Sunday, July 5, 2009 via Voices of San Diego: The unexpected call for an abrupt allhands meeting came over the Metabasis Therapeutics public announcement system at 9 a.m. on May 27, just as employees were settling back into work after the Memorial Day holiday.
MB's scientists and other staff knew the news wouldn't be good as they filed into the 2nd floor meeting room at the company's headquarters just across from the Torrey Pines Golf Course. Good news had been hard to come by at the biotech in recent years.
The empolyees didn't, however, expect Mark Erion, CEO to walk into the room and announce that the company was all but bankrupt, and 45 out of the company's 52 employees -- was being laid off. Nor did they expect Erion to tell them that they weren't getting any severance pay, or even their unused PTO pay, and that if they didn't hurry to the bank to cash their final paycheck, it would probably be bounced.
The events over the next hours and days at Metabasis, as recounted by former employees, were bizarre, even for the world of biotech, where companies big and small can be one just one non-approved drug away from oblivion. In the conference room that morning, HR folks hurriedly handed out folders with last paychecks to employees who immediately headed to nearby BOFA branches, the only bank that Erion told them would take the checks.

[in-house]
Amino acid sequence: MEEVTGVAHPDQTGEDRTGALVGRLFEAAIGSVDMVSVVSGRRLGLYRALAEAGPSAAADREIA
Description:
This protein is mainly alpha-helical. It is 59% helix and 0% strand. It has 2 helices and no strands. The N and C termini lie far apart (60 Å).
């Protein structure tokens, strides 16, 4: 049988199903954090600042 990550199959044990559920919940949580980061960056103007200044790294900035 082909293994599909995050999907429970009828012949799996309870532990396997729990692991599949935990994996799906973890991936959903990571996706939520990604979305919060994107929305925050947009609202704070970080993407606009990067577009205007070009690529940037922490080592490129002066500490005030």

"We were thrown out into a bank run," said one manager who was laid off. "It was a crazy scene, just like the 1929 market crash. It was an amazing debacle."
It turned out that the safest thing for an employee to do that day was to cash the check on the spot -- some employees left the bank with thousands in their pockets. Some who tried to have their checks wired from Bank of America to other accounts saw them returned for insufficient funds, former employees said. And some checks deposited into BOFA accounts bounced.